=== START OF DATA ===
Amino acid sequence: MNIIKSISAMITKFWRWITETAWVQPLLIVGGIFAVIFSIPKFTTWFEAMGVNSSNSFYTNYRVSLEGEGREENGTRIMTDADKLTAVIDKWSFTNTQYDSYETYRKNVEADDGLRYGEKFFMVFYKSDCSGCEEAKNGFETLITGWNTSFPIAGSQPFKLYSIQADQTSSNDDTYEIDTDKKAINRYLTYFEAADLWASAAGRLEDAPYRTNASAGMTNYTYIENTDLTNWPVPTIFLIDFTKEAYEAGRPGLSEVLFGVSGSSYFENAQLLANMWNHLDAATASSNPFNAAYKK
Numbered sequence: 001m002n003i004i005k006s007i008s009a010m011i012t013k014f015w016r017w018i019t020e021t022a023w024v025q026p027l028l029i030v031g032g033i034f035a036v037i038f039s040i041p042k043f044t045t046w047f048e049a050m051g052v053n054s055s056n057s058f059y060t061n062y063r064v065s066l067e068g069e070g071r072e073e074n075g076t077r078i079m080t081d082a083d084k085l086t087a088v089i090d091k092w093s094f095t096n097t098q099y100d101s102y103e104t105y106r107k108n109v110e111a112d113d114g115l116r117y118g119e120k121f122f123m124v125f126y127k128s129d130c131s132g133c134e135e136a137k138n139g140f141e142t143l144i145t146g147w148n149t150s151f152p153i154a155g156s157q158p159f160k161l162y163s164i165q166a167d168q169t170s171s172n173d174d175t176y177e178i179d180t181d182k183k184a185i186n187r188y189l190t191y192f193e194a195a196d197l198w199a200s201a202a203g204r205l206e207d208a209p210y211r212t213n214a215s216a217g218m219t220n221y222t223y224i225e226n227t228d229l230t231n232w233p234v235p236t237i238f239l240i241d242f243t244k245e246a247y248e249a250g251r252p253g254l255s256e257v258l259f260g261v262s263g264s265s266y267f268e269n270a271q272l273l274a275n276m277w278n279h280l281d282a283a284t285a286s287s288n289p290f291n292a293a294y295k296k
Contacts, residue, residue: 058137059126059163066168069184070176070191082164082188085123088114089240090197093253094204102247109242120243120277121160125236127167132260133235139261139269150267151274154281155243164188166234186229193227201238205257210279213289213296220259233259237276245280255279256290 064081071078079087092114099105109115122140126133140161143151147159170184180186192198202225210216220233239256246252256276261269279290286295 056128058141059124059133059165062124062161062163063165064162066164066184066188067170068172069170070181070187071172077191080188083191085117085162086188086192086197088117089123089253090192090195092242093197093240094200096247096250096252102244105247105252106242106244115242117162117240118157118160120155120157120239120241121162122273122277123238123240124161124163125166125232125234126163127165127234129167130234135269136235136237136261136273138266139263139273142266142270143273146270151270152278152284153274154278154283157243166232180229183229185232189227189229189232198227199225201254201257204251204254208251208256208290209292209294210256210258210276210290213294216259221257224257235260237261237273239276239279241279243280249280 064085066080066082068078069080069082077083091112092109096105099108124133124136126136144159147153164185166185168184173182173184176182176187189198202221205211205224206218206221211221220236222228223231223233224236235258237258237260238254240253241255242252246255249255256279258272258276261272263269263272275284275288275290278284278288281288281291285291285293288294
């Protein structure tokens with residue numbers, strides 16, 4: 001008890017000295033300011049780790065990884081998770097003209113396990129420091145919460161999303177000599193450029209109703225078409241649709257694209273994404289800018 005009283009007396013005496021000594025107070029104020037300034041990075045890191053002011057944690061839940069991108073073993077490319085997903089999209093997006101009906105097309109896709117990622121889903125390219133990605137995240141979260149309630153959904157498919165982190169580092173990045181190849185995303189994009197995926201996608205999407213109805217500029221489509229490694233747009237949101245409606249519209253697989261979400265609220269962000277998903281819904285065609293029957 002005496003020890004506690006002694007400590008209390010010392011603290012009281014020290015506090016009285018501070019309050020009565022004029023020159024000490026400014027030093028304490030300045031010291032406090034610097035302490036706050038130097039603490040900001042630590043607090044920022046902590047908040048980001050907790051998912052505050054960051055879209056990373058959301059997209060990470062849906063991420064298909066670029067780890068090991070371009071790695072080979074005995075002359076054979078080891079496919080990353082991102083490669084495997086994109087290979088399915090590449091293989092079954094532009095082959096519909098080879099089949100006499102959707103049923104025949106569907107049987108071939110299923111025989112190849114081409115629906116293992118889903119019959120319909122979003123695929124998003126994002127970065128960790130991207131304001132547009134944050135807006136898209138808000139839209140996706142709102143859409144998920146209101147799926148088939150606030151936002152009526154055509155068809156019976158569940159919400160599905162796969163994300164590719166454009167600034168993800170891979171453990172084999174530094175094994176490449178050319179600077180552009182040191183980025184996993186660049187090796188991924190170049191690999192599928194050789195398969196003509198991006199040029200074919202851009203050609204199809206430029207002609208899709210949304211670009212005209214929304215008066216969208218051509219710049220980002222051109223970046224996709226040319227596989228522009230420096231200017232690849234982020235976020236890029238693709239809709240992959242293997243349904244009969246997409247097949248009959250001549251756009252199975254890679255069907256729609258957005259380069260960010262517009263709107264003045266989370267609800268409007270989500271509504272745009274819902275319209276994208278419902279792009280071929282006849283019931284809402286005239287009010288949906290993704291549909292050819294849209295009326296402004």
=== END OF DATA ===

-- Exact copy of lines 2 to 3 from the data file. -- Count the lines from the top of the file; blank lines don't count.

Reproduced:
Numbered sequence: 001m002n003i004i005k006s007i008s009a010m011i012t013k014f015w016r017w018i019t020e021t022a023w024v025q026p027l028l029i030v031g032g033i034f035a036v037i038f039s040i041p042k043f044t045t046w047f048e049a050m051g052v053n054s055s056n057s058f059y060t061n062y063r064v065s066l067e068g069e070g071r072e073e074n075g076t077r078i079m080t081d082a083d084k085l086t087a088v089i090d091k092w093s094f095t096n097t098q099y100d101s102y103e104t105y106r107k108n109v110e111a112d113d114g115l116r117y118g119e120k121f122f123m124v125f126y127k128s129d130c131s132g133c134e135e136a137k138n139g140f141e142t143l144i145t146g147w148n149t150s151f152p153i154a155g156s157q158p159f160k161l162y163s164i165q166a167d168q169t170s171s172n173d174d175t176y177e178i179d180t181d182k183k184a185i186n187r188y189l190t191y192f193e194a195a196d197l198w199a200s201a202a203g204r205l206e207d208a209p210y211r212t213n214a215s216a217g218m219t220n221y222t223y224i225e226n227t228d229l230t231n232w233p234v235p236t237i238f239l240i241d242f243t244k245e246a247y248e249a250g251r252p253g254l255s256e257v258l259f260g261v262s263g264s265s266y267f268e269n270a271q272l273l274a275n276m277w278n279h280l281d282a283a284t285a286s287s288n289p290f291n292a293a294y295k296k
Contacts, residue, residue: 058137059126059163066168069184070176070191082164082188085123088114089240090197093253094204102247109242120243120277121160125236127167132260133235139261139269150267151274154281155243164188166234186229193227201238205257210279213289213296220259233259237276245280255279256290 064081071078079087092114099105109115122140126133140161143151147159170184180186192198202225210216220233239256246252256276261269279290286295 056128058141059124059133059165062124062161062163063165064162066164066184066188067170068172069170070181070187071172077191080188083191085117085162086188086192086197088117089123089253090192090195092242093197093240094200096247096250096252102244105247105252106242106244115242117162117240118157118160120155120157120239120241121162122273122277123238123240124161124163125166125232125234126163127165127234129167130234135269136235136237136261136273138266139263139273142266142270143273146270151270152278152284153274154278154283157243166232180229183229185232189227189229189232198227199225201254201257204251204254208251208256208290209292209294210256210258210276210290213294216259221257224257235260237261237273239276239279241279243280249280 064085066080066082068078069080069082077083091112092109096105099108124133124136126136144159147153164185166185168184173182173184176182176187189198202221205211205224206218206221211221220236222228223231223233224236235258237258237260238254240253241255242252246255249255256279258272258276261272263269263272275284275288275290278284278288281288281291285291285293288294